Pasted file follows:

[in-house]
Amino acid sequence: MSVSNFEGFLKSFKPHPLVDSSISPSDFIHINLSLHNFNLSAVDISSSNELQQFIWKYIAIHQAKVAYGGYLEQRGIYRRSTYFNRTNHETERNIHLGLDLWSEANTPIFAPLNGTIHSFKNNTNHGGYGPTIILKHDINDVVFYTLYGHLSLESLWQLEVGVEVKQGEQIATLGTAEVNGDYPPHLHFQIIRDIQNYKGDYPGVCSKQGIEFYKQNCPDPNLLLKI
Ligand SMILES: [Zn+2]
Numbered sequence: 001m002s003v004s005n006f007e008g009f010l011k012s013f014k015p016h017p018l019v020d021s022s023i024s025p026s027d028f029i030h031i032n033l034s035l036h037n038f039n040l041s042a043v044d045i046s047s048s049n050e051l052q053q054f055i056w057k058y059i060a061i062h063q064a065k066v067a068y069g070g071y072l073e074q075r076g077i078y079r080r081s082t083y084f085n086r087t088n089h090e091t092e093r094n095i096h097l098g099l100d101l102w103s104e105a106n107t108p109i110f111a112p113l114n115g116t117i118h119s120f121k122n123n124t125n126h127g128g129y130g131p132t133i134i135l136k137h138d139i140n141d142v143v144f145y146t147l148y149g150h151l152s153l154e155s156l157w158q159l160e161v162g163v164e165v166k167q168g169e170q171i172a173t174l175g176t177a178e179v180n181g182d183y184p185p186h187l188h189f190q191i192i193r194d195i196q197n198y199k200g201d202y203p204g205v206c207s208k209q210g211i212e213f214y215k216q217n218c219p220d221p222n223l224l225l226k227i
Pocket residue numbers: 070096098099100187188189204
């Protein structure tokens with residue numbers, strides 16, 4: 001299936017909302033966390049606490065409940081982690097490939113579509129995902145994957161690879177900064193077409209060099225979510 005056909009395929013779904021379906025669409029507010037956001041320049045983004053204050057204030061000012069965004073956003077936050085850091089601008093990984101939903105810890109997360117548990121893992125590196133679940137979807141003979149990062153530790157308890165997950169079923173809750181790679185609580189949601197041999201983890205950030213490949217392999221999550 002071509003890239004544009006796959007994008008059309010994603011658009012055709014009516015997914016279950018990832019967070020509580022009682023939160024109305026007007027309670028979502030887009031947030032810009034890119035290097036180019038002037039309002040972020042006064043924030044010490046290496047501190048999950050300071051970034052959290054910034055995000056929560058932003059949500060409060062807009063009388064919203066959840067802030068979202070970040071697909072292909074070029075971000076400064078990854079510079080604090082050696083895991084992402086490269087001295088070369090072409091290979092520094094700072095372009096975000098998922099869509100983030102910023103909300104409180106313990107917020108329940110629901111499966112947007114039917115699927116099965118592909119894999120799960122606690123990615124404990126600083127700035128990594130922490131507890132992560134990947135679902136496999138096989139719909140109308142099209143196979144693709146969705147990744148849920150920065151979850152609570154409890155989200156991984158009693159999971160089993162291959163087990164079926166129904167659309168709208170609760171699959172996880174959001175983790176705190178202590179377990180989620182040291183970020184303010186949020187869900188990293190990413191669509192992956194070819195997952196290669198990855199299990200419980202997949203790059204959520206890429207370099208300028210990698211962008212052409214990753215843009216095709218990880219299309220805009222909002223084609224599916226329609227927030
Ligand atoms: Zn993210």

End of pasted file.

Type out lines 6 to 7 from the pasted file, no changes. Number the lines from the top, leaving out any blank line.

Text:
């Protein structure tokens with residue numbers, strides 16, 4: 001299936017909302033966390049606490065409940081982690097490939113579509129995902145994957161690879177900064193077409209060099225979510 005056909009395929013779904021379906025669409029507010037956001041320049045983004053204050057204030061000012069965004073956003077936050085850091089601008093990984101939903105810890109997360117548990121893992125590196133679940137979807141003979149990062153530790157308890165997950169079923173809750181790679185609580189949601197041999201983890205950030213490949217392999221999550 002071509003890239004544009006796959007994008008059309010994603011658009012055709014009516015997914016279950018990832019967070020509580022009682023939160024109305026007007027309670028979502030887009031947030032810009034890119035290097036180019038002037039309002040972020042006064043924030044010490046290496047501190048999950050300071051970034052959290054910034055995000056929560058932003059949500060409060062807009063009388064919203066959840067802030068979202070970040071697909072292909074070029075971000076400064078990854079510079080604090082050696083895991084992402086490269087001295088070369090072409091290979092520094094700072095372009096975000098998922099869509100983030102910023103909300104409180106313990107917020108329940110629901111499966112947007114039917115699927116099965118592909119894999120799960122606690123990615124404990126600083127700035128990594130922490131507890132992560134990947135679902136496999138096989139719909140109308142099209143196979144693709146969705147990744148849920150920065151979850152609570154409890155989200156991984158009693159999971160089993162291959163087990164079926166129904167659309168709208170609760171699959172996880174959001175983790176705190178202590179377990180989620182040291183970020184303010186949020187869900188990293190990413191669509192992956194070819195997952196290669198990855199299990200419980202997949203790059204959520206890429207370099208300028210990698211962008212052409214990753215843009216095709218990880219299309220805009222909002223084609224599916226329609227927030
Ligand atoms: Zn993210």